Dimming Your Light? Don’t Do That!

Recently I was at a meeting of the women’s group in my church. We were discussing a video we had seen about love, and someone made a comment about how they had struggled since the last election. Someone else said that she felt our group should be a “no politics” zone. Really? “No politics,” hmm…that doesn’t work for me.

Here’s the thing: I don’t segment my life that way. Politics, creativity, spirituality—they are all part and parcel of me, and I am not leaving pieces of me at the door or by the wayside so that “other people” aren’t uncomfortable.

If I have a no politics zone, what comes next? What other difficult conversation do I turn my back on? What other subject becomes forbidden? What other piece of who I truly am stays hidden so that you are not, in fact, meeting me? Not all of me, just the pieces that might be acceptable. The pieces that won’t challenge you. Or me.

Bringing all of who we are to the interactions that we have with others is scary as hell. What if they don’t like this or that part of who we are? What if this belief or that way of being in the world is unacceptable to them? What if we are ostracized? What if we find ourselves alone? That’s the fear, and it may happen for a bit; you may, in fact, be in a group that are simply not your people.

But your people, my people, are out there, and the only way that we find each other is to tell the truth of who we are: the whole, messy, entire truth.

More than that, I believe that the only way we heal the divisions between us is to allow ourselves to be fully seen. To be willing to risk showing up as who we are, with our fears, scars, warts, and all—because it’s then that our humanity connects with the humanity of others. It is then that we become relatable.

Think about that person you’ve always admired but felt a bit intimidated by. They seem to have it all together, whatever “it” is: job, relationships, lifestyle, family, or the whole package. Their apparently perfect life makes it really hard to feel that we have anything to offer them. Hard to believe that they have ever felt the frustrations and anxieties that we experience.

Then something happens, the curtain is pulled back, and we see that they, too, have fears and flaws. That’s when we start to feel like we know them in a deeper way. That’s when we start to connect as one struggling human to another. That’s when we can build a real relationship with them. But for this to happen. we need to show up as who we are.

For real connection to happen, we have to be less concerned about awkward or difficult conversations and more concerned about the truth.

All those things that most of us were taught to not discuss in “polite company”—money, sex, our screw-ups, politics, our family, or our specific struggles are the very things that all of us share in common. Each of us is concerned with at least some of those things. Being able to talk about our experience and how we got to the place and beliefs we currently hold opens space. Space for someone else to do the same. Space to connect. Space to develop empathy. Not to change minds, but to be heard and to hear so that we can understand.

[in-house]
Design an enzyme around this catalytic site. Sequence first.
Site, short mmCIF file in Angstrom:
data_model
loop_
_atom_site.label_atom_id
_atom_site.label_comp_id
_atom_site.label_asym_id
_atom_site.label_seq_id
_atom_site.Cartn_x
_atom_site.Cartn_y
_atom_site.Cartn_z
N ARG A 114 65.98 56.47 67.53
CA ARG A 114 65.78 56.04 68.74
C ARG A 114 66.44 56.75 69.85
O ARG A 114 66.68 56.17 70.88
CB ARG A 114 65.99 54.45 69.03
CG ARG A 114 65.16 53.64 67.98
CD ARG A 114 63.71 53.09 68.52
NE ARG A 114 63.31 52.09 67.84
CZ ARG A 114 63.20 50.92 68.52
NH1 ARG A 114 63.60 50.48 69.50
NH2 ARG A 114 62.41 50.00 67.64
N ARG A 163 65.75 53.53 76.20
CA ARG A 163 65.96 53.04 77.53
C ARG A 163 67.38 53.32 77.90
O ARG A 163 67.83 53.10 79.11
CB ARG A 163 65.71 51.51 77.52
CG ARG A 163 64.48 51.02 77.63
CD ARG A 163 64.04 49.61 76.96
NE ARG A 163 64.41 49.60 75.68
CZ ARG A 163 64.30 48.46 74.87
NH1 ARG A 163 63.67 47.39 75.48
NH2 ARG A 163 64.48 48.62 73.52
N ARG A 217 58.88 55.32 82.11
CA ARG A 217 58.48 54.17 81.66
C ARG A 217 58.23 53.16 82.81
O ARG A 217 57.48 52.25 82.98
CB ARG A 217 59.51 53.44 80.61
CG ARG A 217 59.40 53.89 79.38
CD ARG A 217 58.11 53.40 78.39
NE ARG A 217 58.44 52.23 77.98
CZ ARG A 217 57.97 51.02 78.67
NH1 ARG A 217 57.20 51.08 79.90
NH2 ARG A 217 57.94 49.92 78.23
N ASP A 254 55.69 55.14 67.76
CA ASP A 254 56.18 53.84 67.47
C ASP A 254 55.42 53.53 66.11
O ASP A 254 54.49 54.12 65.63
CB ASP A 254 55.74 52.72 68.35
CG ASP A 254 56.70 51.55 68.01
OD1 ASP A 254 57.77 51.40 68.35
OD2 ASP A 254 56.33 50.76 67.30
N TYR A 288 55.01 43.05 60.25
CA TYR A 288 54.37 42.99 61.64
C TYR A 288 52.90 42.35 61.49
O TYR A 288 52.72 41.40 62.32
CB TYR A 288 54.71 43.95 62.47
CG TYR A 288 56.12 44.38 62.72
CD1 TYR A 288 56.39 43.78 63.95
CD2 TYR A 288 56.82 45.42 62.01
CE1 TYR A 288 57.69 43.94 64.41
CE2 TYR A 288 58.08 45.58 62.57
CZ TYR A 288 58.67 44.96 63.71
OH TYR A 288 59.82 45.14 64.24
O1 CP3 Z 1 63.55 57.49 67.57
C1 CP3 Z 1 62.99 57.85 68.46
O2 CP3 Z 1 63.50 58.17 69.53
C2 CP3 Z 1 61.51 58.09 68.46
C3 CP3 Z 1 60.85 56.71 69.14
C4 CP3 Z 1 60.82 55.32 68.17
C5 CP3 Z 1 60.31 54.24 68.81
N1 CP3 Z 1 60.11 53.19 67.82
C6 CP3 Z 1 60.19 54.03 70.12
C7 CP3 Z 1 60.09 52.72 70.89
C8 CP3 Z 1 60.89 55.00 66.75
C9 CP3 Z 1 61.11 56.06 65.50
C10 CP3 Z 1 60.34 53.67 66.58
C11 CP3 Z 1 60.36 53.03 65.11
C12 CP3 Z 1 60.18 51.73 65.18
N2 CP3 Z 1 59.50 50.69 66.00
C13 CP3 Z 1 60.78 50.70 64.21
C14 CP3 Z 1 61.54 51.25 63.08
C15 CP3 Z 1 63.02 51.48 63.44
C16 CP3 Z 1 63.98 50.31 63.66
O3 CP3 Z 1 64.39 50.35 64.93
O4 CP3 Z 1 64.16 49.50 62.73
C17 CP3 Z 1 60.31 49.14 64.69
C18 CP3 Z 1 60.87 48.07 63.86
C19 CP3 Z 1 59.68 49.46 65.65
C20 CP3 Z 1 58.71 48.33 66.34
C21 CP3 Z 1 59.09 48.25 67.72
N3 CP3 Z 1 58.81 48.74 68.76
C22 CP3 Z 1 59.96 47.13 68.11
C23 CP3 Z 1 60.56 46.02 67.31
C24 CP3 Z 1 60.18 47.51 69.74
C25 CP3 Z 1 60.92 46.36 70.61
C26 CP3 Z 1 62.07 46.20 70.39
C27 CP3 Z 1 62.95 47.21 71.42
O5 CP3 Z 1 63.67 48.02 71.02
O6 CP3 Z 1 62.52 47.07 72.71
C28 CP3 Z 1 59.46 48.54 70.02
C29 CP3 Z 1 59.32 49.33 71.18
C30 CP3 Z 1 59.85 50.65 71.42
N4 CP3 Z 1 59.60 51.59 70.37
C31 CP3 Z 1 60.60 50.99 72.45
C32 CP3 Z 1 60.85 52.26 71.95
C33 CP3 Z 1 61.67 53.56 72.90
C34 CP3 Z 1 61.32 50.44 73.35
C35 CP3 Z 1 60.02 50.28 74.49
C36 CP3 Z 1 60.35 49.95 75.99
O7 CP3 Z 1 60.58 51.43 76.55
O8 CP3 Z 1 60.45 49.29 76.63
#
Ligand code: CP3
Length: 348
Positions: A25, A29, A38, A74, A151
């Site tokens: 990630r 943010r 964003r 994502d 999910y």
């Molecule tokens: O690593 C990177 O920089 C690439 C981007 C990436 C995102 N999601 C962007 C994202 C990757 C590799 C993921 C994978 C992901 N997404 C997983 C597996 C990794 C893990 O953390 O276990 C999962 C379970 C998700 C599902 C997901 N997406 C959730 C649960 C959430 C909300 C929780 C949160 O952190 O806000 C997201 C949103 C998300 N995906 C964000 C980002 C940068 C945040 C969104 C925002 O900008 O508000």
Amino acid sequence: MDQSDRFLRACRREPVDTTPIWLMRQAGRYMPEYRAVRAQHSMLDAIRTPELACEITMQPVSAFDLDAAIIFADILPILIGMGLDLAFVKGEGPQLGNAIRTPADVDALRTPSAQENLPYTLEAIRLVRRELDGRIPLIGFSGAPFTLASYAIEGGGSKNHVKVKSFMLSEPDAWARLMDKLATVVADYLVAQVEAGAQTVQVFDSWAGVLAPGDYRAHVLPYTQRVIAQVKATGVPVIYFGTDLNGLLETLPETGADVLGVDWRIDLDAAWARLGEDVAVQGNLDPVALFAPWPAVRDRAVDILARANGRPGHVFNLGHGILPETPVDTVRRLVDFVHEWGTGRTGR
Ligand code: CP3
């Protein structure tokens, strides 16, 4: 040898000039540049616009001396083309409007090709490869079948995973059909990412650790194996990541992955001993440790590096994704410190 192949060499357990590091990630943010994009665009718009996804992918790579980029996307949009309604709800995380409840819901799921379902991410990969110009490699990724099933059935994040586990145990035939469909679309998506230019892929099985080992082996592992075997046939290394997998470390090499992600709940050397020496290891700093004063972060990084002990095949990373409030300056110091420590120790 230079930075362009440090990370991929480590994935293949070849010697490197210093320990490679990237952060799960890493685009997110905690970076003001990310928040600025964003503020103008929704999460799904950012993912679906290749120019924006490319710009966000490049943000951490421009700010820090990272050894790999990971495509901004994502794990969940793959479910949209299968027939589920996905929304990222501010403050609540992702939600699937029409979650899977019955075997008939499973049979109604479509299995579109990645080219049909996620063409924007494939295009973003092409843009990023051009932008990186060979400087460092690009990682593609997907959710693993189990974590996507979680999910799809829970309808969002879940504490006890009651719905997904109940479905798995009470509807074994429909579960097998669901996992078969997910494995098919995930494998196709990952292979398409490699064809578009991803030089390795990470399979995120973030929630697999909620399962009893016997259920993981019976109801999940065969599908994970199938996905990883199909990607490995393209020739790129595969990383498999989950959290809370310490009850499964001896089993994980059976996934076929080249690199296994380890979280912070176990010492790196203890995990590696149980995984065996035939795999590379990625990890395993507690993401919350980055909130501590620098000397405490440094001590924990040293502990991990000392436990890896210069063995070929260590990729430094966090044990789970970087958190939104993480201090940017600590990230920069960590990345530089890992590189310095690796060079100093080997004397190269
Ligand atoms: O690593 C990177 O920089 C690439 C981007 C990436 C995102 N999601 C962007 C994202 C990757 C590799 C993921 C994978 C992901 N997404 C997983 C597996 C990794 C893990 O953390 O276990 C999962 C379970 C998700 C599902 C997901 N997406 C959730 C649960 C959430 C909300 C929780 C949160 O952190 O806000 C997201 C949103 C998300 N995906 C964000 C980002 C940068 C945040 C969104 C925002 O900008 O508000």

So I won’t accept a “no politics” zone. I won’t silence myself and leave bits of myself outside, as though they are somehow shameful. I will speak my creative, spiritual, and political truth with as much openness, grace, and love as I can, and support others in doing the same. I won’t dim my light so that others are comfortable. Neither should you.

 

Previously published: https://www.omkariwilliams.com

About the Author | Omkari Williams

Omkari, a speaker, writer, and life/creativity coach, began her professional life as an actor, work that perfectly suited her fascination with story. For over 20 years she was able to explore stories of characters, while fictional, who spoke to universal human truths. In the middle she decided to make a change and explore other aspects of life. Now she speaks and writes about how sharing our stories can build bridges that will help heal our deeply fractured world. As a coach she works with people who want to live their daily lives with intention, meaning and passion. A native of Manhattan she now lives in Savannah, GA, a city that loves it stories. You can keep up with her at omkariwilliams.com

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2 comments to "Dimming Your Light? Don’t Do That!"

  • Wendy Williams

    Omkari this was beautifully written and I can see the sincerity of your words from your heart.

    Often I find myself spending too much time helping others to feel comfortable in our conversation or in whatever we are doing. I choose my words carefully and bite my tongue when I feel my truth can or could be hurtful to others because of their way of seeing things
    . I have been doing this ever since I was a child. Now at 55, I have learned to stop silencing my truth and what comes from my heart just to please and or make others feel better.
    It has been a long journey getting here. It took a while to know for sure what my truth is and how sure of myself did I feel to express it openly and honestly.
    Learning to express me through landscape photography helped a lot in learning self-confidence and feeling good about putting myself up front and live for all to see and hear my truth.
    Having health issues that slowed my life down made me go inward and try to hide from the world.
    Life is too precious to not live it fully no matter what and I am so glad there are coaches out there like you that encourages many of us to express our truth and keep moving forward.
    Thank you Omkari

    • Omkari Williams

      Thank you, Wendy. I am delighted that my words have touched a cord for you.

      Keep shining your light into the world.

      Best,
      Omkari